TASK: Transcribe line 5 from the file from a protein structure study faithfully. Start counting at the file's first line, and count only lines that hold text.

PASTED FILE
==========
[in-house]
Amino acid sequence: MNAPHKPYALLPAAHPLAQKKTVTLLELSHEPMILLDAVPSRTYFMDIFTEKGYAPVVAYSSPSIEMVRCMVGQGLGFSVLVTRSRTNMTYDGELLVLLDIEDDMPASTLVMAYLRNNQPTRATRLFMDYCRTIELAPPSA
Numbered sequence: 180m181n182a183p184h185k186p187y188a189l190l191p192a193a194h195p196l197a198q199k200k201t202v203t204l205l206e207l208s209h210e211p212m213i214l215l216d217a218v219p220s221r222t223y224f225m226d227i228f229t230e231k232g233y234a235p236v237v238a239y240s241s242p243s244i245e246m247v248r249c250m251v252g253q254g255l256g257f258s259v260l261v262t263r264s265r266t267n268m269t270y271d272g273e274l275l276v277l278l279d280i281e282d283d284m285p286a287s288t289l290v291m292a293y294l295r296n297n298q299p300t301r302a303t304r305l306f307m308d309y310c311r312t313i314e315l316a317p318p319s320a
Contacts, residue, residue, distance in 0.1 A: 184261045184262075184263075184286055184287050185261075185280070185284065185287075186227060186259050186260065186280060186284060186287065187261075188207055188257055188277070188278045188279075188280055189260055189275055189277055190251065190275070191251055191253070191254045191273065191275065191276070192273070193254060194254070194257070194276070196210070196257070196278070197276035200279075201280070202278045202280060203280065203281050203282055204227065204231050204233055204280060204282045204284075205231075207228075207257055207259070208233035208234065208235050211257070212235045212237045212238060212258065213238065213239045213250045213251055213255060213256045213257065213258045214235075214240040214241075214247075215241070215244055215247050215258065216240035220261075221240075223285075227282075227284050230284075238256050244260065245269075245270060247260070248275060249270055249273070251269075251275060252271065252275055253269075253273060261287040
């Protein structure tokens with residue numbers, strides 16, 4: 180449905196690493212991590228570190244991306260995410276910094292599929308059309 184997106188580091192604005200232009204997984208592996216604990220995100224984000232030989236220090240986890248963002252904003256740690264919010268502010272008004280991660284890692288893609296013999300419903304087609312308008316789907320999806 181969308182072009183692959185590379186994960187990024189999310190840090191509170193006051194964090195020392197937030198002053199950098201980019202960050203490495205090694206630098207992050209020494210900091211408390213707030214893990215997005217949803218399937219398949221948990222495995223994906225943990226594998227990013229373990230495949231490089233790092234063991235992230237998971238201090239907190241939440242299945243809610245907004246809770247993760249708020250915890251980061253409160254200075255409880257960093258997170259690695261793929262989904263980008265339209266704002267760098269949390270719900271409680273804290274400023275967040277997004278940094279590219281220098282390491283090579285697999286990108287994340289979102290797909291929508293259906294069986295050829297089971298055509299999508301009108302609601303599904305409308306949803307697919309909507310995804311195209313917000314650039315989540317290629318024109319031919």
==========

């Protein structure tokens with residue numbers, strides 16, 4: 180449905196690493212991590228570190244991306260995410276910094292599929308059309 184997106188580091192604005200232009204997984208592996216604990220995100224984000232030989236220090240986890248963002252904003256740690264919010268502010272008004280991660284890692288893609296013999300419903304087609312308008316789907320999806 181969308182072009183692959185590379186994960187990024189999310190840090191509170193006051194964090195020392197937030198002053199950098201980019202960050203490495205090694206630098207992050209020494210900091211408390213707030214893990215997005217949803218399937219398949221948990222495995223994906225943990226594998227990013229373990230495949231490089233790092234063991235992230237998971238201090239907190241939440242299945243809610245907004246809770247993760249708020250915890251980061253409160254200075255409880257960093258997170259690695261793929262989904263980008265339209266704002267760098269949390270719900271409680273804290274400023275967040277997004278940094279590219281220098282390491283090579285697999286990108287994340289979102290797909291929508293259906294069986295050829297089971298055509299999508301009108302609601303599904305409308306949803307697919309909507310995804311195209313917000314650039315989540317290629318024109319031919």